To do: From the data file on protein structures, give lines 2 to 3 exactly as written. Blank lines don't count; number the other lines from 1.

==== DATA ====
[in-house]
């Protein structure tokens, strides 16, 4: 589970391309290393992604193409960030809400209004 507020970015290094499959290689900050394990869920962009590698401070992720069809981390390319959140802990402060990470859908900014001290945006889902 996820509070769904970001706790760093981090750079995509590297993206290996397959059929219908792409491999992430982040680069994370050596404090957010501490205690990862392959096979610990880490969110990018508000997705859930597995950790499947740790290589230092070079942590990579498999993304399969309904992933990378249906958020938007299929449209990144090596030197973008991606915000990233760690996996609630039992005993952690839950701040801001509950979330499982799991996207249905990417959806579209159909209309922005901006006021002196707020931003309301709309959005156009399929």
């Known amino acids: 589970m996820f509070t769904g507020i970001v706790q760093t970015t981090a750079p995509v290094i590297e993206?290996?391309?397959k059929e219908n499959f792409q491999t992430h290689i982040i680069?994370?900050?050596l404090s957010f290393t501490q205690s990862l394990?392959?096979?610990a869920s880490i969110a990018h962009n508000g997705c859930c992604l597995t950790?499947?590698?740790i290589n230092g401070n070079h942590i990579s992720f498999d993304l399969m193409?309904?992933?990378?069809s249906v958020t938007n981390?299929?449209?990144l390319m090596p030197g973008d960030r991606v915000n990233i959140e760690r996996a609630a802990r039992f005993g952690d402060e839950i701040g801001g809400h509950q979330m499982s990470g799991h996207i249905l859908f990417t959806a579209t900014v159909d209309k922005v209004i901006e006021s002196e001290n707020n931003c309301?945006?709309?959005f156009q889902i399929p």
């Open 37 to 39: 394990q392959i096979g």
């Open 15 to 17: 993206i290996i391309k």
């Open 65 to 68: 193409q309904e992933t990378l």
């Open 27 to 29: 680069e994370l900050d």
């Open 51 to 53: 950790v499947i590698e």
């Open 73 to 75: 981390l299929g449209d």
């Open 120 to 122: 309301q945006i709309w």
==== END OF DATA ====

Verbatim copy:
């Protein structure tokens, strides 16, 4: 589970391309290393992604193409960030809400209004 507020970015290094499959290689900050394990869920962009590698401070992720069809981390390319959140802990402060990470859908900014001290945006889902 996820509070769904970001706790760093981090750079995509590297993206290996397959059929219908792409491999992430982040680069994370050596404090957010501490205690990862392959096979610990880490969110990018508000997705859930597995950790499947740790290589230092070079942590990579498999993304399969309904992933990378249906958020938007299929449209990144090596030197973008991606915000990233760690996996609630039992005993952690839950701040801001509950979330499982799991996207249905990417959806579209159909209309922005901006006021002196707020931003309301709309959005156009399929």
């Known amino acids: 589970m996820f509070t769904g507020i970001v706790q760093t970015t981090a750079p995509v290094i590297e993206?290996?391309?397959k059929e219908n499959f792409q491999t992430h290689i982040i680069?994370?900050?050596l404090s957010f290393t501490q205690s990862l394990?392959?096979?610990a869920s880490i969110a990018h962009n508000g997705c859930c992604l597995t950790?499947?590698?740790i290589n230092g401070n070079h942590i990579s992720f498999d993304l399969m193409?309904?992933?990378?069809s249906v958020t938007n981390?299929?449209?990144l390319m090596p030197g973008d960030r991606v915000n990233i959140e760690r996996a609630a802990r039992f005993g952690d402060e839950i701040g801001g809400h509950q979330m499982s990470g799991h996207i249905l859908f990417t959806a579209t900014v159909d209309k922005v209004i901006e006021s002196e001290n707020n931003c309301?945006?709309?959005f156009q889902i399929p």